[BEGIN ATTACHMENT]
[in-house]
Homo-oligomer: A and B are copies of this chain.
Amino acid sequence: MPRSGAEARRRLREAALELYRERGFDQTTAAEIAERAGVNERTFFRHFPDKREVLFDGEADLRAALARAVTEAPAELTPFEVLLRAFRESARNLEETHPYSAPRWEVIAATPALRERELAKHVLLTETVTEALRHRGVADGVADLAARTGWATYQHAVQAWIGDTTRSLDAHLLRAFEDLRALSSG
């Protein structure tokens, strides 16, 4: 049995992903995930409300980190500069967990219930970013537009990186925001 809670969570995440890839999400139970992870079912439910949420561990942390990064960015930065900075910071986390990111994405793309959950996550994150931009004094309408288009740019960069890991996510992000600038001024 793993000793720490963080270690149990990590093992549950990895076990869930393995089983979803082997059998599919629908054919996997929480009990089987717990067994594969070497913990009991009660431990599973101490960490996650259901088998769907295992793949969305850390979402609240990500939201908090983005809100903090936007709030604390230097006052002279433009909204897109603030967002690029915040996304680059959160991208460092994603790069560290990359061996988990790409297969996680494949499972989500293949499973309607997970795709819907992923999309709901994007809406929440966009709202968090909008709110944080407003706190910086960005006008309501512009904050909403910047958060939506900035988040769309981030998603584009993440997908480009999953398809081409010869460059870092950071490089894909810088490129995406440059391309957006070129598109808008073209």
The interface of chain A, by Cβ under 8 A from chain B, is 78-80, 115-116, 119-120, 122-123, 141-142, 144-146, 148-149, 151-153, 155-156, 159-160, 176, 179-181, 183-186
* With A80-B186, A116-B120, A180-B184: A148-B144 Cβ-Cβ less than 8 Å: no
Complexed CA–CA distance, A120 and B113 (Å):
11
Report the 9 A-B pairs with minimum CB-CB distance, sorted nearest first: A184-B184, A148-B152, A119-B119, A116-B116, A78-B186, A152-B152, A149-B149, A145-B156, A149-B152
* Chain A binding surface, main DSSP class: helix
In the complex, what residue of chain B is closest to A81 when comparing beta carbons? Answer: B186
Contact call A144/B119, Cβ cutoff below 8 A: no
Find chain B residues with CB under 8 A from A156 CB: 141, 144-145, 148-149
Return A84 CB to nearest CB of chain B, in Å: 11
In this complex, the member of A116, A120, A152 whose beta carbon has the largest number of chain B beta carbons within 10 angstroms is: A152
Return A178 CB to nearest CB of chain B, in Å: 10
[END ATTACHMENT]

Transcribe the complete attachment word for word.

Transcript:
[in-house]
Homo-oligomer: A and B are copies of this chain.
Amino acid sequence: MPRSGAEARRRLREAALELYRERGFDQTTAAEIAERAGVNERTFFRHFPDKREVLFDGEADLRAALARAVTEAPAELTPFEVLLRAFRESARNLEETHPYSAPRWEVIAATPALRERELAKHVLLTETVTEALRHRGVADGVADLAARTGWATYQHAVQAWIGDTTRSLDAHLLRAFEDLRALSSG
């Protein structure tokens, strides 16, 4: 049995992903995930409300980190500069967990219930970013537009990186925001 809670969570995440890839999400139970992870079912439910949420561990942390990064960015930065900075910071986390990111994405793309959950996550994150931009004094309408288009740019960069890991996510992000600038001024 793993000793720490963080270690149990990590093992549950990895076990869930393995089983979803082997059998599919629908054919996997929480009990089987717990067994594969070497913990009991009660431990599973101490960490996650259901088998769907295992793949969305850390979402609240990500939201908090983005809100903090936007709030604390230097006052002279433009909204897109603030967002690029915040996304680059959160991208460092994603790069560290990359061996988990790409297969996680494949499972989500293949499973309607997970795709819907992923999309709901994007809406929440966009709202968090909008709110944080407003706190910086960005006008309501512009904050909403910047958060939506900035988040769309981030998603584009993440997908480009999953398809081409010869460059870092950071490089894909810088490129995406440059391309957006070129598109808008073209």
The interface of chain A, by Cβ under 8 A from chain B, is 78-80, 115-116, 119-120, 122-123, 141-142, 144-146, 148-149, 151-153, 155-156, 159-160, 176, 179-181, 183-186
* With A80-B186, A116-B120, A180-B184: A148-B144 Cβ-Cβ less than 8 Å: no
Complexed CA–CA distance, A120 and B113 (Å):
11
Report the 9 A-B pairs with minimum CB-CB distance, sorted nearest first: A184-B184, A148-B152, A119-B119, A116-B116, A78-B186, A152-B152, A149-B149, A145-B156, A149-B152
* Chain A binding surface, main DSSP class: helix
In the complex, what residue of chain B is closest to A81 when comparing beta carbons? Answer: B186
Contact call A144/B119, Cβ cutoff below 8 A: no
Find chain B residues with CB under 8 A from A156 CB: 141, 144-145, 148-149
Return A84 CB to nearest CB of chain B, in Å: 11
In this complex, the member of A116, A120, A152 whose beta carbon has the largest number of chain B beta carbons within 10 angstroms is: A152
Return A178 CB to nearest CB of chain B, in Å: 10